But what does it mean?
I’m not a big fan of The Economist, so you may be surprised by my endorsing an article from its pages. Well, credit where credit’s due. This piece appeared earlier this month, and I have to tell you, I think the writer got it pretty right:
I AM A Turk, honest and hard-working.” So began the oath of allegiance to their country chanted by generations of schoolchildren before the practice was scrapped three years ago. This proud, flag-waving nation takes it as read that Turkishness goes beyond nationality. But what does it mean to be a Turk? Labels of ethnicity, language, religion and social class overlap in complex patterns. As a result, some citizens consider themselves more Turkish than others.
The modern Turkish republic emerged from a crucible of war, as the waning Ottoman empire between 1908 and 1922 fought in succession against Bulgarian nationalists and Italian colonisers in Libya, then against the British Empire, Russia and Arab nationalists during the first world war, and lastly against Greece. Genocide or not, awful things happened to Anatolia’s Armenians in 1915-17. There were many, and now there are few; nearly all of Turkey’s remaining 50,000 ethnic Armenians live in Istanbul. After the Greco-Turkish war of 1921-22 Turkey lost some 1.5 million Greeks too, in a population exchange that brought half a million ethnic Turks “home” from Greece. More ethnically Turkish or Muslim refugees poured into the new nation, fleeing from Russian revolution or from persecution in the Balkans, the Crimea and the Caucasus.
The young republic was mostly Turkish-speaking and overwhelmingly Sunni Muslim. Assimilation and urbanisation have made it even more so. Yet Turkey retains more of the ethnic and religious diversity of the Ottoman empire than is generally realised. Some 10m-15m of its citizens are Alevis, adherents to a syncretic offshoot of Shia Islam that is unique to Turkey. Other religious minorities include Jaafari Shia Muslims, Jews, Christians and Yazidis. Among the ethnic minorities, apart from Kurds and Armenians, are large numbers of Arabs, Albanians, Azeris, Bosniaks, Circassians, Georgians, Laz and Roma. Turkey is now also home to well over 2m refugees, mostly from Syria but also from Iraq, Iran, Afghanistan, Egypt and elsewhere.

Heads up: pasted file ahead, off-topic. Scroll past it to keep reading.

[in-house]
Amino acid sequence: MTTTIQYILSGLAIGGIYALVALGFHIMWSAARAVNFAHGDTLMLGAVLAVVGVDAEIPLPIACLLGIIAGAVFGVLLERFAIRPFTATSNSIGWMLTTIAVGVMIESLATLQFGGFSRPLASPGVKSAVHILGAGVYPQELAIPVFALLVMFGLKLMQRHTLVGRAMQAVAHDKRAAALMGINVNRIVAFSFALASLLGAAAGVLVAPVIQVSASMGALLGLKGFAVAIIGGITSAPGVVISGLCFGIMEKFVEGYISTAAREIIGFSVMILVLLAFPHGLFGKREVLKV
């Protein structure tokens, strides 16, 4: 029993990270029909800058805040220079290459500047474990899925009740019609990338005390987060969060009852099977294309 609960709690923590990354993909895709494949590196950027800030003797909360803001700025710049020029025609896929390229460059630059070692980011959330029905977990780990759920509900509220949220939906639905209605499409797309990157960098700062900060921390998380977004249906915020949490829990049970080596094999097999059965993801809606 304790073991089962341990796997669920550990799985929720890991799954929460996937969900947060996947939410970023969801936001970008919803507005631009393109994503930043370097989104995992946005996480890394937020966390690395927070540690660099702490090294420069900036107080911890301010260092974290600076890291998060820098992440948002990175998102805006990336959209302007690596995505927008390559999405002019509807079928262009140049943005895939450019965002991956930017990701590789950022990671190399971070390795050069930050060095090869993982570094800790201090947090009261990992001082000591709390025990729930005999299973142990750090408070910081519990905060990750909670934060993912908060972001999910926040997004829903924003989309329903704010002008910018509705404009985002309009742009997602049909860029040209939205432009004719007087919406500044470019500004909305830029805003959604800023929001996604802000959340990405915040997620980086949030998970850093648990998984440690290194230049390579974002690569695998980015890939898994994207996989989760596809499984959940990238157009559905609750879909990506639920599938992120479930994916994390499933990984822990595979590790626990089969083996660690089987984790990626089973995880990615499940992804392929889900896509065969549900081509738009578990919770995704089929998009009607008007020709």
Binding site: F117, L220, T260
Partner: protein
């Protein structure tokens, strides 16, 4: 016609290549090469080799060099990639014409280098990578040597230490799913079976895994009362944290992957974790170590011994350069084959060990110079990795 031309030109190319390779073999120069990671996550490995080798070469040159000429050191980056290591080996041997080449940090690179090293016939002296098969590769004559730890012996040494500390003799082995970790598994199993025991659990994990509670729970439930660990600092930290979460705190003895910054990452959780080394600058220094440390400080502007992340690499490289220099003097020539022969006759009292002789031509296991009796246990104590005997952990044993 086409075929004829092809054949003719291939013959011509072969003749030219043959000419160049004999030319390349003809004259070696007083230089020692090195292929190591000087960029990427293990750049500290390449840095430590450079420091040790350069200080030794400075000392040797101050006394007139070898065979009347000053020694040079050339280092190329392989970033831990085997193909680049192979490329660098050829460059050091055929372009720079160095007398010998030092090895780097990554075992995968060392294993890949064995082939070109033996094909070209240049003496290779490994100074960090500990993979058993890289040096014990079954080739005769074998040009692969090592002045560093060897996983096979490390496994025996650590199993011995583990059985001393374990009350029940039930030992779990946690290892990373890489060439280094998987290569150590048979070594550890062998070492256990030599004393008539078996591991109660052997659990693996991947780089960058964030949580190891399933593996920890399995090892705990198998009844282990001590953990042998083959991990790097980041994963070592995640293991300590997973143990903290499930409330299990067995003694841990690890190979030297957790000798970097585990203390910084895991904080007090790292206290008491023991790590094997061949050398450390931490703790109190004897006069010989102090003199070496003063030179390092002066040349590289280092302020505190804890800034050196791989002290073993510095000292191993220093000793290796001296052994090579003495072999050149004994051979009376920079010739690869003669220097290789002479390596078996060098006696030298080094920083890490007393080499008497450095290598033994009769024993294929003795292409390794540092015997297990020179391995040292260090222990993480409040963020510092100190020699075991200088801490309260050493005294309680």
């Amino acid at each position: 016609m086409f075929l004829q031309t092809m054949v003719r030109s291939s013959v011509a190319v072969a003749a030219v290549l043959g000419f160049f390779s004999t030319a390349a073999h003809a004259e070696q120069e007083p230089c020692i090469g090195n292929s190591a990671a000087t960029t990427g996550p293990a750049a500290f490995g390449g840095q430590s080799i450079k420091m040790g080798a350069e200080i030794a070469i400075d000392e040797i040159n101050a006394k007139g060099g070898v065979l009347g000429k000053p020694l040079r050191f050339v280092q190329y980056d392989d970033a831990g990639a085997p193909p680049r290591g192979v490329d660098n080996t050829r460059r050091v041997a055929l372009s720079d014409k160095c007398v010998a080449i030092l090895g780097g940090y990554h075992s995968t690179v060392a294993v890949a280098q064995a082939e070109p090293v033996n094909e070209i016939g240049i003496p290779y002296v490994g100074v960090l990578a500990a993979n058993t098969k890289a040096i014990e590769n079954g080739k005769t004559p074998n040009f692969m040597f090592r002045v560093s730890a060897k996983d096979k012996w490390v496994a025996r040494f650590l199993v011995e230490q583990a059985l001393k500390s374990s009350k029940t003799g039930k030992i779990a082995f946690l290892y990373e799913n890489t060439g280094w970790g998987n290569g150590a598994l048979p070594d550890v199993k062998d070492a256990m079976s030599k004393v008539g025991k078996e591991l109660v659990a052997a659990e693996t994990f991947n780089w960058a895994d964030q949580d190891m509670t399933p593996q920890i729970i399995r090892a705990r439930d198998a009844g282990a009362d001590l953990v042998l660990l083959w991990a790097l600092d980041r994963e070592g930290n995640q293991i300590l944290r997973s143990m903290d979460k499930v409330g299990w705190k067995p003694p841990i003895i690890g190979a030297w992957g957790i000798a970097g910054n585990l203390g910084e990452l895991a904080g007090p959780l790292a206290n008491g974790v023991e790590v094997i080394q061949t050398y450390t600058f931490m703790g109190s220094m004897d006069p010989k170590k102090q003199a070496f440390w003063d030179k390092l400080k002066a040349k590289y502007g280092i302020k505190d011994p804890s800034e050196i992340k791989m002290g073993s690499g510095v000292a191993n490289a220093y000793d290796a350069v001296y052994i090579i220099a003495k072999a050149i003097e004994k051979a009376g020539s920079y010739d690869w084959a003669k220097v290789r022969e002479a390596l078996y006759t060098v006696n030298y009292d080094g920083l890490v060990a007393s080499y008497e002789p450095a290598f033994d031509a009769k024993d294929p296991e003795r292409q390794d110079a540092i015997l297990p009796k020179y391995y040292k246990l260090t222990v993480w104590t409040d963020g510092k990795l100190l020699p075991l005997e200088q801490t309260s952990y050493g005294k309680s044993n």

In their determined push for modernisation, Ataturk’s followers imposed customs and ways of thought that came easily to sophisticates in Istanbul or Izmir but were resented further east. The superior airs of secular, cosmopolitan Kemalists have rankled ever since, particularly with country folk and with immigrants to the big cities. Some speak half-jokingly of a lingering divide between “white” Turks and “black”, marking the gap between those who cherish Ataturk’s legacy and those who resent it as an imposition.
Mr Erdogan has capitalised brilliantly on the deep grudge felt by “black” Turks. His credentials include his origins as the son of rural immigrants to a tough, working-class part of Istanbul, having worked as a pushcart vendor of simit, Turkey’s sesame-sprinkled progenitor of the bagel, and a pithy, populist style of delivery. On Republic Day last year, which handily fell just before November’s election, he made a speech evoking times when some people celebrated the holiday “with frocks, waltzes and champagne” while others gazed at this scene “half-starved, with no shoes and no jackets to wear”. Now, he concluded, Turkey is united. Even after two decades of such rhetoric, it goes down well with many voters.
Not quite united.
Yet a look at Turkey’s political map suggests a less than complete picture of unity. The half of the electorate that votes for Mr Erdogan does include some minority groups, but mostly represents the narrower, ethnically Turkish and Sunni Muslim mainstream. Of the three rival parties that make up the parliamentary opposition, the Nationalist Movement, or MHP, is also “properly” Turkish but represents the extreme right. Its most distinctive trait is reflexive hostility to all non-Turks, especially Kurds.
The largest opposition party, the CHP, sees itself as the direct heir to Ataturk. Pro-Western and centre-left, it embraces secularists of all stripes and has sought to focus on issues rather than identity politics. Yet to the dismay of its own leadership the CHP’s core constituency, as well as most of its MPs, are Alevis.
The third component of the opposition, the People’s Democratic party, or HDP, is outwardly an alliance of small parties and leftist groups that recently joined forces to cross the 10% threshold for entering parliament. But for all its inclusiveness, most of the HDP’s supporters and candidates are Kurds. Yet to many the problem with the HDP lies not with its ethnic profile but with what they see as its too-cosy relationship with the PKK, a Kurdish guerrilla group that has fought a sporadic insurgency against the state since the 1980s and is officially deemed a terrorist organisation.